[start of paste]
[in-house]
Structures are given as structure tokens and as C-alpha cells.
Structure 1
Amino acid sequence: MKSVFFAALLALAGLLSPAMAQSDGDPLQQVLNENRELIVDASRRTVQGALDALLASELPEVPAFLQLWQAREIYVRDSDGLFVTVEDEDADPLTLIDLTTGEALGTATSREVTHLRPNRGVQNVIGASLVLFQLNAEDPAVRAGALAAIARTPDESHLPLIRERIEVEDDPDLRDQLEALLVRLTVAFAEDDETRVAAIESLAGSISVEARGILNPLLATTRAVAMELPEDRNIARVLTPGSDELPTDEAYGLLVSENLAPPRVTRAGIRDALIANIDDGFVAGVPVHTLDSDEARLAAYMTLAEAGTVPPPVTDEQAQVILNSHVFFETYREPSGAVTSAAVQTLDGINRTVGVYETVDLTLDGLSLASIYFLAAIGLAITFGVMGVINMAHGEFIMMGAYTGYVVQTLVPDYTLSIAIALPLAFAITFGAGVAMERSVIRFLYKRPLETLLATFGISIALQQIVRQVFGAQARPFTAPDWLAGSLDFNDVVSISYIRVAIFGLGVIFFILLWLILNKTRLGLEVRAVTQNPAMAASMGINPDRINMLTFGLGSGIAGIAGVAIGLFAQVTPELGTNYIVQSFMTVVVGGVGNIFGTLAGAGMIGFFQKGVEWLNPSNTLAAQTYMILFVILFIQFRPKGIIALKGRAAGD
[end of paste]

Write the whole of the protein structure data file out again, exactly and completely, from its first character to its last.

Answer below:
[in-house]
Structures are given as structure tokens and as C-alpha cells.
Structure 1
Amino acid sequence: MKSVFFAALLALAGLLSPAMAQSDGDPLQQVLNENRELIVDASRRTVQGALDALLASELPEVPAFLQLWQAREIYVRDSDGLFVTVEDEDADPLTLIDLTTGEALGTATSREVTHLRPNRGVQNVIGASLVLFQLNAEDPAVRAGALAAIARTPDESHLPLIRERIEVEDDPDLRDQLEALLVRLTVAFAEDDETRVAAIESLAGSISVEARGILNPLLATTRAVAMELPEDRNIARVLTPGSDELPTDEAYGLLVSENLAPPRVTRAGIRDALIANIDDGFVAGVPVHTLDSDEARLAAYMTLAEAGTVPPPVTDEQAQVILNSHVFFETYREPSGAVTSAAVQTLDGINRTVGVYETVDLTLDGLSLASIYFLAAIGLAITFGVMGVINMAHGEFIMMGAYTGYVVQTLVPDYTLSIAIALPLAFAITFGAGVAMERSVIRFLYKRPLETLLATFGISIALQQIVRQVFGAQARPFTAPDWLAGSLDFNDVVSISYIRVAIFGLGVIFFILLWLILNKTRLGLEVRAVTQNPAMAASMGINPDRINMLTFGLGSGIAGIAGVAIGLFAQVTPELGTNYIVQSFMTVVVGGVGNIFGTLAGAGMIGFFQKGVEWLNPSNTLAAQTYMILFVILFIQFRPKGIIALKGRAAGD